The Sox remained between a tie for first and 2 games back until July 19th, when the Orioles began a 4 game sweep of the Sox in Baltimore, putting the Sox 3 games back, where they would remain through July.  July was the first losing month for the Sox, who finished it 13-14 with a record of 58-40.  Ozzie Guillen and Bobby Thigpen represented the White Sox at Wrigley Field for the All Star Game.  Guillen was 0-2 and Thigpen pitched a perfect 7th inning as the American League won 2-0 on a double by future White Sox, Julio Franco.  Other July highlights include the first ever "turn back the clock" game, which took place on July 11th vs. the Brewers.  The Sox wore 1917 throwback jerseys, shut down the electronic scoreboards, using a man made one and sold tickets for .50.  The Sox lost the game in extra innings.  

July 30th was a rough day for me, as the Sox again traded my all time favorite player, Ron Kittle, to the Orioles for Phil Bradley.  I hate Bradley to this day, but now, years after that disappointment I have come to terms with why that move was made.  On August 2nd, a young first baseman by the name of Frank Thomas debuted for the Sox against the Brewers and began what is the greatest career in White Sox history.  On that same day, the White Sox first round draft pick from June 4th of the same year, a righty named Alex Fernandez,  also made his debut.  Fernandez was outstanding as he limited the Brewers to 2 runs (a 2 run shot by Gary Sheffield) over 7 innings.  Thomas won the game on a fielder's choice which scored Calderon in the 8th inning and Thiggy nailed down his 33rd save as the Sox won 4-3.  Interesting to note is the 4-5-6 combination of that game for the Sox.  Carlton Fisk was the cleanup man, The Big Hurt batted 5th and Sammy Sosa was in the 6 spot.  I guarantee nobody would have ever guessed that the 3 would combine for 1,506 career home runs when all was said and done.

The Sox fell 4.5 games back on August 11th as Charlie Hough beat Melido Perez 7-5, which set up a must win game on Sunday, August 12th.  Fans that attended the park that day will never forget what happened.  They sat in the rain for 7 hours and 23 minutes, the longest rain delay of all time, and never saw one pitch thrown.  The Rangers weren't coming back to Chicago again that year which meant the make up game would be played in Texas- a place the Sox weren't too successful.  The Sox lost 2 of 3 to the Blue Jays and then split the 4 game set (they lost the make up game 1-0 in 13 innings) leaving them 6.5 games back of the A's, who came to Chicago Monday August 20th.  

On the mound that day were Jack McDowell for the Sox (who beaned the Bash Brothers the last time they faced off) vs. Dave Stewart (who told the Sox they can't carry his jock strap).  The Sox, and the fans, were ready for Stewart.  The A's would scratch first on a double by Canseco in the first inning.  The Sox would then score the final 11 runs of the contest, including 6 in 7 innings vs. Stewart to win 11-1.  The big blow was an absolute moon shot into the upper deck off the bat of Sammy Sosa.  As Sosa ran the bases, jock straps rained down on the field from the fans in attendance to the ire of Stewart.  The Sox would win game 2 of the series to pull within 4.5 games, but that was the closest they would come to the A's for the rest of the season- who really took off after game 3 when Bob Welch defeated Melido Perez 7-1.  The Sox finished August 17-15, were 75-55 on the season and 6.5 games back of Oakland.  Another August highlight came on August 28th from the Metrodome, where Frank Thomas hit his first home run off of Gary Wayne in the 9th inning of a loss to the Twins.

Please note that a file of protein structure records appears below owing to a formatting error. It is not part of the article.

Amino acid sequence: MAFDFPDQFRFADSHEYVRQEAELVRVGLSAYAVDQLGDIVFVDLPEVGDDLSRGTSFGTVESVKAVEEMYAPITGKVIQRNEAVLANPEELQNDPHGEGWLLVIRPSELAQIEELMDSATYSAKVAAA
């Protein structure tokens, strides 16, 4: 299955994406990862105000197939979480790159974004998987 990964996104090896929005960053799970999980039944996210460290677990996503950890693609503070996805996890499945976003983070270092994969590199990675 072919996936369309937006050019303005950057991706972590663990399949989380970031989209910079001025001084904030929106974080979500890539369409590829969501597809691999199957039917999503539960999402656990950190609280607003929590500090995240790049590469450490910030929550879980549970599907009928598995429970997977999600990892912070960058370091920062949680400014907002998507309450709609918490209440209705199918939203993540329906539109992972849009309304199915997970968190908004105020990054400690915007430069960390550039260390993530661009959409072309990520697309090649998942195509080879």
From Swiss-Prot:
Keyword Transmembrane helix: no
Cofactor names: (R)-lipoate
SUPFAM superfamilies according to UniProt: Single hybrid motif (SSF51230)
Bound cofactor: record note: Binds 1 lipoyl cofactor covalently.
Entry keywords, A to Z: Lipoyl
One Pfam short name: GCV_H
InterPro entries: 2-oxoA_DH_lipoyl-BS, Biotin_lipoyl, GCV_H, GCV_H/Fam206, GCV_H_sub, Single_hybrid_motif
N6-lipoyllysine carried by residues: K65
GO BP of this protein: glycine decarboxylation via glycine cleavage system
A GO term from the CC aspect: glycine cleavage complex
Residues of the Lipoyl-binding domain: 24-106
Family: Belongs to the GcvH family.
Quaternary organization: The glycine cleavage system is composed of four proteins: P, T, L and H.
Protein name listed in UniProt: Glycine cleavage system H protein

As we got into September, the Sox fell a season low 11 games behind the A's on September 12th- a loss to Cleveland which dropped the Sox to 80-62.  It became clear that they weren't going to catch the A's, and with no wild card, were going to miss the playoffs.  Late into September, the Sox had one eye on the past and one on the future.  They unveiled their new uniforms, basically the same as they still wear,  yet they celebrated the history and memory of the original Comiskey Park.  It was becoming clear that the future was in good hands, as Frank Thomas hit the final White Sox home run at Comiskey Park, in a 13-4 loss, off of Randy Johnson.  The next night, the final night game at Comiskey, Thomas again came through with a huge 2 run single to give the Sox a 5-2 win behind Eric King (who gave up the final home run ever in Comiskey Park to Alvin Davis), and Bobby Thigpen's 56th save (he had already broken the record, previously held by Dave Righetti with his 47th save way back on September 3rd).  

The final game was played at Comiskey on Sunday, September 30th.  It was a very emotional day for everyone (including my old man and myself) who were there.  This was the place where Sox fans watched their team through the good and the bad and had witnessed some amazing baseball for 80 years.  It was a second home and it was about to come to an end.  With the Sox trailing 1-0 in the bottom of the 6th, again it was Frank Thomas who tied things up with a run scoring single.  Danny Pasqua followed with a triple to score Thomas, giving the Sox the lead.  McDowell went 8 strong and Thigpen closed it out on a Harold Reynolds groundout to Scott Fletcher.  It was Thigpen's 57th and final save of the season.  After the game, the fans stayed.  The players tossed balls and hats into the stands, and waved to the fans.  I don't think there was a dry eye in the ballpark.  It was easily one of the most emotional moments I've had in my life.

The Sox finished September 18-11, and then closed out the season 1-2 in Boston.  This left the club with a record of 94-68... 9 games behind the A's.  The only team in baseball other than Oakland with a better record than the Sox were the 95-67 Pirates.  The A's knocked off Boston in the ALCS and got swept by the Reds in the World Series.  

1990 was one of my favorite years as a Sox fan.  It marked the end for a great ballpark, but the beginning of one of the most successful eras in team history.  Frank Thomas went on to become one of the best hitters in baseball history, Jack McDowell continued what he started in 1990, eventually winning the Cy Young award in '93. Alex Fernandez became a very good pitcher for the Sox.  Robin Ventura became the best 3rd baseman in team history.  They didn't win the World Series, or even make the playoffs, but that 1990 Sox team will always have a special place in my heart.